Donut beat all!

When I introduce my dad to people, we often get the comment,  “Oh, I can see the resemblance.” Funny thing is, he’s my step-dad, but he deserves the title of “dad” in my book. He’s earned it.

My mother and Nick were married while I was in junior high school. From the get go, my brother and I felt like we were getting another dad and two more brothers. Nick became an important part of my life, but it wasn’t by accident on his part.

My senior year of high school, Mom and I had some tiff about something (maybe I wanted to go to a movie and she wanted me to study, who knows). She and Nick headed to town for a meeting and I was instructed to hang the laundry on the line. Well, I pouted and pouted as I slowly hung the family’s laundry. Poor me.

Later that day, their truck pulled into the driveway. Mom walked past me, saying “Nick needs your help unloading groceries.” The “groceries” consisted of only one thing—an entire dozen donuts (NOT something my mom would ever buy). The two of us sat in the sun, not talking about anything in particular, each of us eating six donuts.

Mom said she and Nick took a class before they married on “How to Make the Blended Family Work.” The instructor focused on the importance of children from divorced families feeling loved, saying the step-parent’s job was solely to show that love, as in best friend, confidante. Let the biological parent discipline.

I’m sure Nick and Mom sat many a night by the woodstove long after they’d tucked us in at night coming up with their parenting game plan together, but Nick always JUST loved me and Mom always JUST loved his boys.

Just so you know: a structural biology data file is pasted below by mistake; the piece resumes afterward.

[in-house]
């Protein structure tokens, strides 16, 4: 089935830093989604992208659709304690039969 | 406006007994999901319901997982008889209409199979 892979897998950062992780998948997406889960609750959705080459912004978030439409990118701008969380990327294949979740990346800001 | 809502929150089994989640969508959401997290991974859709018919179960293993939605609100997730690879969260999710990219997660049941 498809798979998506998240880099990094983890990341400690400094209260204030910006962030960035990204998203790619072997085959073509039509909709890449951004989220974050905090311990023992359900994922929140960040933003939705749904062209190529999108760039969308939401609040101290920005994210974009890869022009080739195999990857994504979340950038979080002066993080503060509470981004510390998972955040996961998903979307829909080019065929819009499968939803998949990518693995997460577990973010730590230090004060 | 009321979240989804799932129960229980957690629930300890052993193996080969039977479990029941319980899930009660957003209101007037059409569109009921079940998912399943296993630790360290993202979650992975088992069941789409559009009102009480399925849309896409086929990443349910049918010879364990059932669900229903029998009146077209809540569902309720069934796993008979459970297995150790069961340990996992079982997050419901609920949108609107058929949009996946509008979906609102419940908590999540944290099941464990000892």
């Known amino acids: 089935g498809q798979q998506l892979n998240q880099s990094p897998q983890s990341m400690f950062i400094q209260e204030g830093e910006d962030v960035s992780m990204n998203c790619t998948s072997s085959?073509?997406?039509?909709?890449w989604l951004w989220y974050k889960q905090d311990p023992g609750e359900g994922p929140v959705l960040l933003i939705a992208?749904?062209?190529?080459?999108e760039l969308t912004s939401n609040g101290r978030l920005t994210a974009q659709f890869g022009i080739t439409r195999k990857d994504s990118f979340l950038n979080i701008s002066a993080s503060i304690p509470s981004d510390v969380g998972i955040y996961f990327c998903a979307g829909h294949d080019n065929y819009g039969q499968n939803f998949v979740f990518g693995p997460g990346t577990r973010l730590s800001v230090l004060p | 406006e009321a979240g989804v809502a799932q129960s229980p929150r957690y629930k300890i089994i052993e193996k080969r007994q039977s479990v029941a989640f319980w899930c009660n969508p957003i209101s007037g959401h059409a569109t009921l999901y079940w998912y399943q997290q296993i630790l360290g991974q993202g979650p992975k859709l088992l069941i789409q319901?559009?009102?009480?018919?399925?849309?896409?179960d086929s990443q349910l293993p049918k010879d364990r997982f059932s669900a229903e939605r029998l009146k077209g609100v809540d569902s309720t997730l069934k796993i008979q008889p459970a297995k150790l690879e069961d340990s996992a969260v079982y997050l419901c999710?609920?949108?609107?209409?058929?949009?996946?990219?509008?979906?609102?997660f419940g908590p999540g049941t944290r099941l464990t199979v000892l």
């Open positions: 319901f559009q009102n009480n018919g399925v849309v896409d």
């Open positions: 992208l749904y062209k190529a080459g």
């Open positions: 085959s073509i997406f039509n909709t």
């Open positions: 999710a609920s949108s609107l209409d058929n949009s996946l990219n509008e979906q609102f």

In return, I proudly call him “Dad.”

Grandpa Nick

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  1. Ginny says:

    It was so great to read this story Meg! These Dad’s need our praises! I was blessed with a “step”-father 42 years ago. In our case it was death, not divorce that brought two parents and six kids together but it was still blended. There were two things my folks relied on, their faith in God and their faith in each other. No matter what one said, the other one backed them up, at least in our presence. This man took in 4 kids and raised them as his own during the turbulant 60’s and having 3 teenagers at once while two others were in Viet Nam was a handful. Every weekend we had a family affair whether going to the Officer’s Club to eat and dance on a Saturday night (and to learn proper manners), or going to the lake to waterski and fish, we were all expected to be there. He paid for our college, our weddings, our adopted children. He never missed a child’s or a grandchild’s baptism, high school graduation, college graduation, or wedding. Now 42 years later at the age of 92 he is Dad to six kids, five spouses, 11 grandchildren (all but two married but both engaged) 9 spouses, and 15 great-grandchildren and not a one is a “step” anything and all call him Dad, Grandpa, or Grandpa Chuck.

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